Talk About Quality

Tom Harris

The Carbon Rush

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Rarely does a topic stir up more controversy than code review. And global warming doesn’t either, though perhaps it should.

I was grateful for the opportunity to see Al Gore’s very slick hour-and-a-half documentary, An Inconvenient Truth, about global warming and carbon emissions. Whatever you may think of Gore, blatant promos for Apple laptops, or computer-generated tear-jerker sequences of drowning polar bears, it is worth seeing as a thought-provoking presentation.

Remember to think.

Some of the questions I was left with after recovering from the “mild thematic elements” (yes, that’s what gave it a PG rating) are:

  • What does “carbon neutral” mean? And “carbon offset”?
  • Are carbon subtraction programs working as planned?
  • Is carbon emission reduction going to save us from a global warming disaster?

Nothing is as simple as it seems.

Carbon neutral refers to “calculating your total climate-damaging carbon emissions, reducing them where possible, and then balancing your remaining emissions, often by purchasing a carbon offset. (Related term: carbon negative.) “

(If anyone has a more formal source than a word popularity article, let me know.)

Hmm. What about “carbon negative”? It’s easy to get distracted on the web, but the only real answer is planting more trees. (All that stuff about buying carbon dioxide emission reductions from other organizations is nonsense — not that it’s not helpful, but it’s not taking carbon out of the atmosphere – just paying for someone else to put less in rather than reducing one’s own emissions.) A bit disturbing to find, then, that even Friends of the Earth has raised concerns about how carbon-reduction tree planting is being carried out. Humbling too—one more example of how we never quite know the effects of one man-made intervention carried out to mitigate another.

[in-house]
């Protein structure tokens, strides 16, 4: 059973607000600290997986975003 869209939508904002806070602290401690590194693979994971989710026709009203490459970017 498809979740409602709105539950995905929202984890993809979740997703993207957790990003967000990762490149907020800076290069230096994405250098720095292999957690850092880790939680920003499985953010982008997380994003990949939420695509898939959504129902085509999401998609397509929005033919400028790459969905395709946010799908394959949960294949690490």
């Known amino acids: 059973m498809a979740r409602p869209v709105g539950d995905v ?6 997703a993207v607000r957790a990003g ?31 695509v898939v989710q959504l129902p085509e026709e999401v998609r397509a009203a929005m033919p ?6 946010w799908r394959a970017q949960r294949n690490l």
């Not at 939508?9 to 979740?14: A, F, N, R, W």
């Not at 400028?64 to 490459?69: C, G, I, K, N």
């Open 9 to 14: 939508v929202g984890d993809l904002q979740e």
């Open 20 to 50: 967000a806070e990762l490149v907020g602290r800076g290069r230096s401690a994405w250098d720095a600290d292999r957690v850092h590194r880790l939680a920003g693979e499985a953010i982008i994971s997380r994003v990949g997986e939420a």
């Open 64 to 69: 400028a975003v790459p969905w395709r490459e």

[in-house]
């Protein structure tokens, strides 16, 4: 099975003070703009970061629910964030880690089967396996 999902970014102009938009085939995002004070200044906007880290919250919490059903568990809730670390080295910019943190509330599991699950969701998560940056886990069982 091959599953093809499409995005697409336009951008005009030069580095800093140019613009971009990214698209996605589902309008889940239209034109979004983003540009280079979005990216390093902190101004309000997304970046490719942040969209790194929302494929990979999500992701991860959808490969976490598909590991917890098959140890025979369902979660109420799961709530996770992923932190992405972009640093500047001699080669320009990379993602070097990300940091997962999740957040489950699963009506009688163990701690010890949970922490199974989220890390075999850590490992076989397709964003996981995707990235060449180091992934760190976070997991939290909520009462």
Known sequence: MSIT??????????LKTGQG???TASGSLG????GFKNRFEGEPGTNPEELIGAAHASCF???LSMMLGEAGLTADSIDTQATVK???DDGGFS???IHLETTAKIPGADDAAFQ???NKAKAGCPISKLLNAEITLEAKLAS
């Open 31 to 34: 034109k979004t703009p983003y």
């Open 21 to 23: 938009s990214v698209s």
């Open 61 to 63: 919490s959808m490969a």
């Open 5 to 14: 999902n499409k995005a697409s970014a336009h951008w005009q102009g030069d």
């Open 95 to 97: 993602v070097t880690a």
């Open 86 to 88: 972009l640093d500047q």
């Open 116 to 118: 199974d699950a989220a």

Finally, if one can entertain the thought that world climate change might be a bit more complicated than a 100-minute movie, there’s short, medium, and long reading to be found at JunkScience.com.

What seems to me, though, is that the reductions—that are currently fashionable to call carbon emission reductions—are probably good for “old-fashioned” (1960’s) reasons: reduce landfill, keep air clean for breathing, improve personal health through exercise, and increase spiritual health by slowing down.

Will all this get lost in the Carbon Rush?

Written by Tom Harris

January 16, 2007 at 2:37 am

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